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So the Chancellor's big announcement as far as we're concerned,
was for London to have more devolved power.
But on analysing the details it seems there's not that much
Yes, Local Authorities will start to keep their business rates,
but when it comes to funding police and projects like
Our political editor Tim Donovan can explain more about it.
He is in Westminster for us tonight. Anyone expecting a sudden transfer
of responsibility to the mayor or to the boroughs or anyone expecting
grand projects would have been disappointed. Having said that it's
clear a sizeable chunk of the extra money made available will go to
London councils and councils in the home Counties to help them deal with
this acute issue of caring for the elderly and providing help for
people with complex needs. It's also clear that a sizeable amount of this
hardship fund dealing with business rates for businesses in the capital
will have a disproportionate impact in the capital because it is in the
capital where we have seen thousands of businesses affected by sudden big
rises because this is where rents have risen so high. Carl Mercer now
reports. There is one further area
in which I can announce action The Communities Secretary and I have
listened to the concerns raised The revaluation has undoubtedly
raised some hard cases. While the Chancellor
was on his feet in the Commons, Hackney's Brewers were on theirs
on the bottling line. Two small firms, like hundreds
across London, who are facing big You go from the right,
four in, that's my grandad. Bob Cooke was born in the flat
above his Hackney pie and mash shop. At 69, he is still
making 700 pies a day. But, from April, his business rates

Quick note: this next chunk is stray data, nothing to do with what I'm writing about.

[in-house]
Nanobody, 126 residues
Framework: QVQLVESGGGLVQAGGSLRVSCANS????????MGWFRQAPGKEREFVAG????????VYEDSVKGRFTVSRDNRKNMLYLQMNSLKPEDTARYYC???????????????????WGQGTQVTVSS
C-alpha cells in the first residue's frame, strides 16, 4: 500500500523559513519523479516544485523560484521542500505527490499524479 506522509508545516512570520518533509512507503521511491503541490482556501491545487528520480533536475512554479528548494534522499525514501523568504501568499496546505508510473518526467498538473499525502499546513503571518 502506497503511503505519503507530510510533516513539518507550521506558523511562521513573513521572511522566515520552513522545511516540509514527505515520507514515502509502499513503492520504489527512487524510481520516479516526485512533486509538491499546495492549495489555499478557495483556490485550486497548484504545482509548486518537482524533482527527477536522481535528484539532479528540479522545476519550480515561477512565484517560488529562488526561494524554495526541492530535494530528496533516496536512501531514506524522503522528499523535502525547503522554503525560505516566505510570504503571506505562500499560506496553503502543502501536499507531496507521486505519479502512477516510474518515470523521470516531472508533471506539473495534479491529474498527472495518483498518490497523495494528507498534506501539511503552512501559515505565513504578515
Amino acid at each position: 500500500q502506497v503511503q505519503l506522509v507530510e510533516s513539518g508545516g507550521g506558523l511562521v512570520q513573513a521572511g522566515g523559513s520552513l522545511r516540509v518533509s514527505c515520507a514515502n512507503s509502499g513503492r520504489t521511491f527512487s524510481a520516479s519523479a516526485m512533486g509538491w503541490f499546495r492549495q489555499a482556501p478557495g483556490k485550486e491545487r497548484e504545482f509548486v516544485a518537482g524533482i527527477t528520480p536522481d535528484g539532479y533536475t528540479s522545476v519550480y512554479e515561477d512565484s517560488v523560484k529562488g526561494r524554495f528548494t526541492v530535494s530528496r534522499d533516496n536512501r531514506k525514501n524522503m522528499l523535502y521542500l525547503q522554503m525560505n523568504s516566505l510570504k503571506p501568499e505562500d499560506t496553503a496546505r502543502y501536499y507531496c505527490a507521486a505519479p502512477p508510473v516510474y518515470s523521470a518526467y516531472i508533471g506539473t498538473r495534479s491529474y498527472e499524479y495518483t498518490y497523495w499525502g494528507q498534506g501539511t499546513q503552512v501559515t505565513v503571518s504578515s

are set to go up nearly ?2,000. I said to my wife, it's
a terrible thing, I don't know We will probably pay it, but it's
sucking the life out of us, really. Just around the corner, it's
a similar story at this brewery. Four years old tomorrow, they, too,
will see their rates go up. In Hackney itself,
the average is 46% rate hike. And these are all people that make
up our local community. They are neighbours,
they are our friends, Today, the Chancellor announced
a little help for London. ?72 million will come to London's
councils to help businesses hardest My first impressions
are it's not enough. I've been speaking to small
businesses across London over the last few weeks and months,
including those who represent The Chancellor appears to have
listened a bit but his announcement My worry is that small
businesses in London, who worked their socks off,
may go under. London will remain as one of only
two cities in the UK where business The majority of cities, actually,
business rates will go down. What we see is in the most
successful cities, London and Reading, actually,
business rates will go up. What that means for businesses
in London, particularly large businesses, is they are the ones
that will bear the brunt Details of the scheme to help
firms affected will be The devolution deal announced by the
Chancellor could be one for the purists, there was a suggestion in
there that councils could be able to raise money from developers on land
they hold on to to pay for infrastructure projects, a taskforce
looking at that. There is a suggestion there's going to be a
devolution of health powers, an announcement that be to do with
property and land and housing and then a suggestion some criminal
justice powers, maybe over youth offending or the probation service,
could be more of a role for the boroughs and the mayor there. The
mayor said he was the half-full kind of mayor and this was a step in the
right direction. Analysts said hang on, all looks a bit wooly. The
Minister for London was positive. I think we got a lot of concrete
things in this budget. We heard extra funding for social
care, it's a huge issue in London. We had extra help from
the Chancellor on top of the existing transitional relief
for our small businesses and for our We had extra funding for new schools
and extra money for maintenance We also had this important step
forward on devolution. So I think there's a lot in here
that Londoners should welcome. An overall verdict, maybe pending,
to be confirmed because we have to see what proportion, what amount in
this national pot is going to come to local authorities. There is a
suggestion from some that the Government is focussing on its mid
engine, that's where the Chancellor will be from tomorrow morning,
perhaps the emphasis has moved away from London. Certainly on devolution
the talk is of a taskforces and of future announcements but not really
much there about London being able to react to its problems and issues